Chicago Bulls: Grading Zach LaVine’s 2018-19 season

Chicago Bulls (Photo by Chris Elise/NBAE via Getty Images)
Chicago Bulls (Photo by Chris Elise/NBAE via Getty Images) /

The 2018-19 season was the most important season of Chicago Bulls guard Zach LaVine’s young career. Here’s how he performed.

When the Chicago Bulls traded Jimmy Butler to the Minnesota Timberwolves in return for Zach LaVine, Kris Dunn and Lauri Markkanen, Bulls fans knew the success of the deal would largely depend on Zach LaVine’s health.

At the time of the trade, LaVine was still recovering from a torn ACL. For players that rely on explosiveness and athleticism, knee injuries are always unsettling. When LaVine returned to the court in 2018, it was pretty obvious that he wasn’t himself yet. He only played 24 games in the 2017-18 season, but most of those games didn’t go all that well.

During the summer of 2018, the Bulls were faced with a tough decision regarding their future involvement with LaVine. Despite what a lot of fans wanted, the Bulls decided to bring LaVine back on a 4-year, $78 million deal.

The Bulls were banking on him taking his game to the next level once he was finally healthy – and he did just that.

From day one of the 2018-19 season, it was clear that LaVine was a different guy than he was in the previous season. He attacked the rim confidently and got to the free throw line at a high rate.

As the season wore on (and as the Bulls added more scorers to the active roster), LaVine’s scoring took a dive. Still, he had a nice scoring season – he just didn’t maintain the 30+ points per game that he was getting to start the season. He averaged a career-high 23.7 points per game on .467/.374/.832 shooting splits – a huge improvement from his .383/.341/.813 shooting splits from the previous season.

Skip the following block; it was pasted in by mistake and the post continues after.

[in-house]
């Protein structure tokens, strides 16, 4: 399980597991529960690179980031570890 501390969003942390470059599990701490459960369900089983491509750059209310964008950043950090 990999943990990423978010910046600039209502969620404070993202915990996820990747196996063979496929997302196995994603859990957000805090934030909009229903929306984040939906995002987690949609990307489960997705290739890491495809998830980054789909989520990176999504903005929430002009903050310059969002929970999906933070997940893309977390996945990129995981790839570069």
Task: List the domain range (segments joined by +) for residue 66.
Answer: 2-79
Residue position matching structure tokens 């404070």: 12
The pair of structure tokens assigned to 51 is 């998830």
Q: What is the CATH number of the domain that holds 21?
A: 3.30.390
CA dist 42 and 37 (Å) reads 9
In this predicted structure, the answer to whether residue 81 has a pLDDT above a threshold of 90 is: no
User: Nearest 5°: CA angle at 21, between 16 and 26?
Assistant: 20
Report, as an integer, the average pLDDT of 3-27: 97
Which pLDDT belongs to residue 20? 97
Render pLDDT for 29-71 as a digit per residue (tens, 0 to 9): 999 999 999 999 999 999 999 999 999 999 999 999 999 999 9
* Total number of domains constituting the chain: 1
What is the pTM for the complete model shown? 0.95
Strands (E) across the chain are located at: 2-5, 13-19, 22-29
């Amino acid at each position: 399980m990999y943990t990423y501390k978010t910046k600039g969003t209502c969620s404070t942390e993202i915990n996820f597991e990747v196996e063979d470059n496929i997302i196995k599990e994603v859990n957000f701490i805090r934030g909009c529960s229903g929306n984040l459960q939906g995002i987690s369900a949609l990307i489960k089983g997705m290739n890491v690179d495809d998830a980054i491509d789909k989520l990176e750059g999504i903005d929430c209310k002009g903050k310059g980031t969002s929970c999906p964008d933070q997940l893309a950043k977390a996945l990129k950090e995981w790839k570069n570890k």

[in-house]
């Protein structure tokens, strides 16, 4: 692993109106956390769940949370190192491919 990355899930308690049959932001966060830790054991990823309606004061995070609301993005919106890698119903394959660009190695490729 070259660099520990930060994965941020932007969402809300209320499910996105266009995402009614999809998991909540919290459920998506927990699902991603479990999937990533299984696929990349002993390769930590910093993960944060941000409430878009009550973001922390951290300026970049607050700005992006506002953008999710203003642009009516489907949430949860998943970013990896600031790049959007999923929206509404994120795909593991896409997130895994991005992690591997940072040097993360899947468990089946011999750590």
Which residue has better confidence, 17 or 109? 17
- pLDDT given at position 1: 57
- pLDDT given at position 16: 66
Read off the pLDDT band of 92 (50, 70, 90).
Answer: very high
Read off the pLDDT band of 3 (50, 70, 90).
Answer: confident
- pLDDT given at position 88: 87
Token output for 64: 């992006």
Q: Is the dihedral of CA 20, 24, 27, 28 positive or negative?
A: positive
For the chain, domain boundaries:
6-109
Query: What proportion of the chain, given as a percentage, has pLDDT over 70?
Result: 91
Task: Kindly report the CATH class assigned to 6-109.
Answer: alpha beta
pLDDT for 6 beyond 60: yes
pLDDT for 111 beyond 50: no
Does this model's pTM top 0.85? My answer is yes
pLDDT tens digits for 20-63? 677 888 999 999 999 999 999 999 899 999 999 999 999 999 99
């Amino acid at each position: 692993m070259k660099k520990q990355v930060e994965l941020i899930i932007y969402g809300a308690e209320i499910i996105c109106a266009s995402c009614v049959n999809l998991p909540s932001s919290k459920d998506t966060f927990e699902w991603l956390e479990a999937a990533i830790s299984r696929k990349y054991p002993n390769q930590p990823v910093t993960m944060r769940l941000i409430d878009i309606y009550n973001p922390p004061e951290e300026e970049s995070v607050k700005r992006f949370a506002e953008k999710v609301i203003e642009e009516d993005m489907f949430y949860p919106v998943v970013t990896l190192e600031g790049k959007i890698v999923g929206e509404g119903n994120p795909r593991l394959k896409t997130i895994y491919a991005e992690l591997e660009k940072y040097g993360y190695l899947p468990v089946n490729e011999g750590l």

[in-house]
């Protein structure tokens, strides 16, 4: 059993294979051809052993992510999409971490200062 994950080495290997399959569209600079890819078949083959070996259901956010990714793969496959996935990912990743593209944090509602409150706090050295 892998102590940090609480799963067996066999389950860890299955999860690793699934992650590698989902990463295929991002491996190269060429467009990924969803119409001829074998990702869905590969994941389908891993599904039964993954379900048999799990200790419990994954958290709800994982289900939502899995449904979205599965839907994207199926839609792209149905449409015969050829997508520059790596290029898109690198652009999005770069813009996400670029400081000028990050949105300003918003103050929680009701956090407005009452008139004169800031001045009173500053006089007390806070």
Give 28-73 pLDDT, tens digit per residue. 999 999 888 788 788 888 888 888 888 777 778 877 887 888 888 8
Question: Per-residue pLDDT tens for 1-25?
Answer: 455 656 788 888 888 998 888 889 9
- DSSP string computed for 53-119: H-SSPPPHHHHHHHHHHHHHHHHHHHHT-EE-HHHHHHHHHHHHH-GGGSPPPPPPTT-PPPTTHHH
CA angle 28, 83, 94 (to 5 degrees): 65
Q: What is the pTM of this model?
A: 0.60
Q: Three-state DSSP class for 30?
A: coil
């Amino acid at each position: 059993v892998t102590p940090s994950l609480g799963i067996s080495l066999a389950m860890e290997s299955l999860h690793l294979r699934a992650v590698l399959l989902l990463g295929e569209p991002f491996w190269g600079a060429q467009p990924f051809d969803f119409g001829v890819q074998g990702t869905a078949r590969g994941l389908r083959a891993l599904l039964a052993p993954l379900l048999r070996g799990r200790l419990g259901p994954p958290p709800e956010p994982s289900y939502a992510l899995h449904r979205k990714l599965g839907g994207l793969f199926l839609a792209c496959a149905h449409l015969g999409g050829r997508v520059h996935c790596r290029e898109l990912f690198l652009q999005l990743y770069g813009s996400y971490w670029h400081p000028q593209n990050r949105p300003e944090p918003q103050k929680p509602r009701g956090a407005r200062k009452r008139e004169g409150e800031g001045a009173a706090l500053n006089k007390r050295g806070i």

Along with scoring, though, LaVine took a step forward in his overall game. His 4.7 rebounds and 4.5 assists per game were both career-highs. The rebounding was definitely encouraging, but not nearly as encouraging as his playmaking. A lot of Bulls fans were even calling for LaVine to take over the point guard duties with Kris Dunn struggling.

The most frustrating part of LaVine’s game is his lack of ball security. His turnover numbers (3.6 per 36 minutes) were far too high during the 2018-19 season. If these turnovers were coming as a result of him trying to make plays for his teammates, then I could live with them. But so many of his turnovers are just lazy, careless blunders. A lot of that can probably be blamed on the Bulls’ lack of team success. I’m sure it’s hard to be laser-focused at all times when your team is almost always down by double digits. But still, that’s not a good excuse.

Take care of the ball, Zach. Please.

All in all, LaVine’s season was pretty good. Yes, he turned the ball over too much and his team defense was poor, but he had career-highs in points, rebounds, assists and free throw attempts.

LaVine’s game is definitely flawed, but nobody expected him to be an All-NBA guy. Bulls fans just needed proof that he was worthy of his lucrative contract.

During the 2018-19 season, LaVine slammed the door shut on people saying that he wasn’t worth the money he’s getting. It wasn’t a perfect season for him, but it was good enough.

dark. Next. Bulls players as characters from "The Office"

Grade: B+